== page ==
And, again, it's long past time that we had a national strategy for things like procurement of masks and other personal protective equipment, for ventilators, for tests, because we ran out. We were close to running out first time around. And there should be absolutely no excuse for us to run out now and, in fact, tens -- more thousands of healthcare workers and not be prepared to see all of our patients.

HARLOW: Dr. Leana Wen, thank you very much.

This just into us at CNN, the senior adviser to the president on the economy, Kevin Hasset, tells me he will leave his position at the White House, quote, really soon, maybe even today. He notes there's paperwork to get done. And he tells that he told the White House when he came back three months ago that he would come back for 90 days to advise on the economy. It's been 92 days. He says this is the time to go.

He also says there is still a crisis, yes, he acknowledges that, but there are, quote, a lot of competent people in place that have better tools than we did back in March to deal with the economy.

And, Jim, I think it's notable because he is someone who answers questions candidly when you ask what is the real state of the economy and doesn't get involved in the politics of it.

SCIUTTO: I mean, look at Larry Kudlow today making comments not based in fact about the virus and its effect on the economy.

HARLOW: We wish him luck.

Still to come, a new video, this shows an NYPD officer using a chokehold to subdue a suspect. This comes after the city council banned that move in the wake of George Floyd's killing. The disturbing video, next.

SCIUTTO: Plus, NASCAR is launching an investigation, this after a noose was found in the garage of the only black driver in the sport's top circuit. We're going to have a live report just ahead.



SCIUTTO: A New York City police officer is now suspended without pay after an apparent chokehold incident.

HARLOW: Watch this. It was captured on body camera video.

The struggled unfolds as officers confronted an allegedly disorderly group over the weekend. Let's got to our Shimon Prokupecz who has more on this.

Obviously, it's really concerning for a number of reasons and coming after this ban was supposed to have been put in place.

SHIMON PROKUPECZ, CNN CORRESPONDENT: Right, and coming after the George Floyd incident and other incidents around the country. And people that I've talked to inside the NYPD, they're very troubled by this, just can't understand why this officer who is now suspended without pay would do this.

The body camera video really unprecedented by the NYPD, they release it had within hours after the incident suspending the officer, moving in internal affairs officers to investigate and really shows just how everything unfolded here.

The officer that placed this man in a chokehold appear to go in to make an arrest after these three individuals you see here were taunting them. There were threats made at the officers. Officers had responded to this location in Queens in Far Rockaway on the boardwalk after receiving a disturbance call. They went there, there was a confrontation, and then you see the officers move in to make the arrest.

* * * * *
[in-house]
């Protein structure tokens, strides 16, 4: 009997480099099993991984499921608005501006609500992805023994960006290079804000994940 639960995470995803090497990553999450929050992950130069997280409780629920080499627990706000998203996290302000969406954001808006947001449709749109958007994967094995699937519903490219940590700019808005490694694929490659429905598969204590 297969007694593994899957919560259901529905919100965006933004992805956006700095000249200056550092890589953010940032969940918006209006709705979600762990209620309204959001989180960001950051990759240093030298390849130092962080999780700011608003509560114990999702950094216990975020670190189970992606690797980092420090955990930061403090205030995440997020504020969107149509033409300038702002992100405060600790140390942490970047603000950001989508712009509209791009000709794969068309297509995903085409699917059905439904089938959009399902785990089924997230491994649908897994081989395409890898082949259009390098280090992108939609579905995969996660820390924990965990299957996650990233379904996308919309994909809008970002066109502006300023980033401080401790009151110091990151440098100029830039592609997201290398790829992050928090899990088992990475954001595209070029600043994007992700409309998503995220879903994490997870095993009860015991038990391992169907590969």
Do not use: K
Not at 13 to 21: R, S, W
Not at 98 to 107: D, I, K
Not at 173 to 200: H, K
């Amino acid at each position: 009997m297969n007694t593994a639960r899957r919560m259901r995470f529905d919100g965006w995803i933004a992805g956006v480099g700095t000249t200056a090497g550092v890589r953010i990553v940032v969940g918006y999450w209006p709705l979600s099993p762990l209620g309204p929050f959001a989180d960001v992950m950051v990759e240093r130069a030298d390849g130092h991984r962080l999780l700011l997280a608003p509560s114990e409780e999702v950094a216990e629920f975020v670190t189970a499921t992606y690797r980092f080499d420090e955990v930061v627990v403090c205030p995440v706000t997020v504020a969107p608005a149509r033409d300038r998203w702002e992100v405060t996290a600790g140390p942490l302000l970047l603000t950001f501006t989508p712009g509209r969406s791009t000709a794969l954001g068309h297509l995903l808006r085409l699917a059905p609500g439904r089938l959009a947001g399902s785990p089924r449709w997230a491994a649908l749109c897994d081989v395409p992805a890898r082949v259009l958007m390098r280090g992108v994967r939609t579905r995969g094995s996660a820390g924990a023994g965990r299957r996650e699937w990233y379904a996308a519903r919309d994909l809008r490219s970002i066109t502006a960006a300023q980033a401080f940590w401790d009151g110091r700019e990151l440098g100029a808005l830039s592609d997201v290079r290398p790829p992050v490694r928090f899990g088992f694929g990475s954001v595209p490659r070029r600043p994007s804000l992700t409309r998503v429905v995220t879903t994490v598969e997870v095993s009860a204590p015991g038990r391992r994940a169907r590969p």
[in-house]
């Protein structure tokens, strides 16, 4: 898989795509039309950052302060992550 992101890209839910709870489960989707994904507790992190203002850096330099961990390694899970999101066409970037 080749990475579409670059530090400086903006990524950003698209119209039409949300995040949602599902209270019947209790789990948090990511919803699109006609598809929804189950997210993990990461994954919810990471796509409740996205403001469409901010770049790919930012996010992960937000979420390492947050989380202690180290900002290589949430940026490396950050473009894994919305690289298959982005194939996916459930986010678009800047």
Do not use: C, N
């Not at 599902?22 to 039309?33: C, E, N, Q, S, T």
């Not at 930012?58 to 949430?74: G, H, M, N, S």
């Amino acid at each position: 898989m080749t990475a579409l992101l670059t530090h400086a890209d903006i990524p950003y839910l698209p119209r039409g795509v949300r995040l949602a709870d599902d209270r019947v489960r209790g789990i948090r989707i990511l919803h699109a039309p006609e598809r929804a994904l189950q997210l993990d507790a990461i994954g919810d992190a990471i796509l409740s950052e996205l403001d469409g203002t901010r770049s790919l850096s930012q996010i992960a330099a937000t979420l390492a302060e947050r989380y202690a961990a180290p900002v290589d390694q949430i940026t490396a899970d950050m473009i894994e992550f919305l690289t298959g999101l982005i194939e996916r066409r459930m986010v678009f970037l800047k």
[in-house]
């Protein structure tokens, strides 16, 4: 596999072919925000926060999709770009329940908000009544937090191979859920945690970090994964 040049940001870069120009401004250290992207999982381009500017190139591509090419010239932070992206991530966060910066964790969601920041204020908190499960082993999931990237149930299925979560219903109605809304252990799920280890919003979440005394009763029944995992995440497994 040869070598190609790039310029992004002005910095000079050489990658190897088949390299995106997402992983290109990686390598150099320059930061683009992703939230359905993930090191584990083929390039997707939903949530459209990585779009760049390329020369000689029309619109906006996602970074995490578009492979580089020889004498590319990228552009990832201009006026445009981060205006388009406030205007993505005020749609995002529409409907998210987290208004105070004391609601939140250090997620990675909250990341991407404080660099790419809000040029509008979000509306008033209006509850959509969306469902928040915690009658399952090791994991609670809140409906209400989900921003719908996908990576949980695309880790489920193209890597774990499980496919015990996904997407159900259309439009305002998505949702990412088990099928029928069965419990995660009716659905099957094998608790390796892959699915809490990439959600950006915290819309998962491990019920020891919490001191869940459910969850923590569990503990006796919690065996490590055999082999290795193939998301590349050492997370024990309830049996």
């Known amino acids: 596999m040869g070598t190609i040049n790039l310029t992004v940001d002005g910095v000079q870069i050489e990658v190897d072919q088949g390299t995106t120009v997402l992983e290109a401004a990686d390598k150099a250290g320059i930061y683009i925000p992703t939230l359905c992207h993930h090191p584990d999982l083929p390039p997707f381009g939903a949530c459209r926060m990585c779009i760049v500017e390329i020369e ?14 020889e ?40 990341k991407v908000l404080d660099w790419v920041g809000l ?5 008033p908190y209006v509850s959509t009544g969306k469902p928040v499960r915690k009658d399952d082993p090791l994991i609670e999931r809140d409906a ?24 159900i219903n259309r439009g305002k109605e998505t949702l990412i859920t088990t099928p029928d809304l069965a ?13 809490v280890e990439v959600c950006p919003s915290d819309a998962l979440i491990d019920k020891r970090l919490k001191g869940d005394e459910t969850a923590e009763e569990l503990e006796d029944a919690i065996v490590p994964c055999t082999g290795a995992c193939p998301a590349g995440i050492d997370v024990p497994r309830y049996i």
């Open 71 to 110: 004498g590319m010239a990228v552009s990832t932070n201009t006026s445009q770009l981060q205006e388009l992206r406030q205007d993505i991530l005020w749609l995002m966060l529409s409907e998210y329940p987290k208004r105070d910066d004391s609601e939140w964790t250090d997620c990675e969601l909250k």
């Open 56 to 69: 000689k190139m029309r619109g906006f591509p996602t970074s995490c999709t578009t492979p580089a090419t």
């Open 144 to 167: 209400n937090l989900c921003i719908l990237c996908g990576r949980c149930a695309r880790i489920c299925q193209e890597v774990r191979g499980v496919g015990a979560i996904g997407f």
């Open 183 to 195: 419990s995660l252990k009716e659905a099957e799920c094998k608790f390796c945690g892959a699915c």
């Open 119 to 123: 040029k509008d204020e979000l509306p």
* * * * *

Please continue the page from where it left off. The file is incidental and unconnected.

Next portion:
What's also really interesting and the mayor has praised some of the officers in this video, because one of the officers was tapping on the back of that officer who had placed this individual in a chokehold to back him off. People on the scene there were saying, you're choking him, you're choking him and the other officer realizing this was tapping that officer on his back and it seems that after that, the officer backs off.

Of course, the lawyer for this man wants the officer criminally charged. We know that the Queen's district attorney office is investigating. And as you said, Poppy this, comes after the governor made it essentially illegal, a crime for a police officer to put someone in a chokehold. The NYPD, I think it's important to note, has banned chokeholds for years. So, obviously, there's a lot of questions as to why this officer in this incident decided to do that.

And it is troubling, it's very troubling for a lot of people inside the NYPD, and we'll hear more about this in the days to come, I'm sure.

SCIUTTO: And the state legislature just in the last couple of weeks expanding it statewide. Shimon Prokupecz, thanks very much.

HARLOW: This morning NASCAR is trying to find out who carried out an abhorrent racist act. Officials found a noose in the garage of driver Bubba Wallace.

SCIUTTO: I mean, that this happens in the year 2020 is just beyond belief. Wallace is the only black driver in NASCAR's top racing circuit. He's also been an outspoken supporter of the Black Lives Matter movement. That appears on his car in the wake of George Floyd. This comes just weeks after Wallace pushed NASCAR to ban displays of the confederate flag at events.

CNN's Andy Scholes joins us now. So, Andy, this is really shocking. You know the sport better than me, but I have to imagine that given where this took place, there are lots of cameras around there monitoring where these cars are kept, et cetera. Limited staff allowed to go there. Does this provide a path to discover who did this?

ANDY SCHOLES, CNN SPORTS CORRESPONDENT: Well, Jim, I should give NASCAR an advantage in terms of trying to figure out who did this. And NASCAR, they say they are outraged about what happened, determined to find out who did this, and they just want to eliminate them from the sport.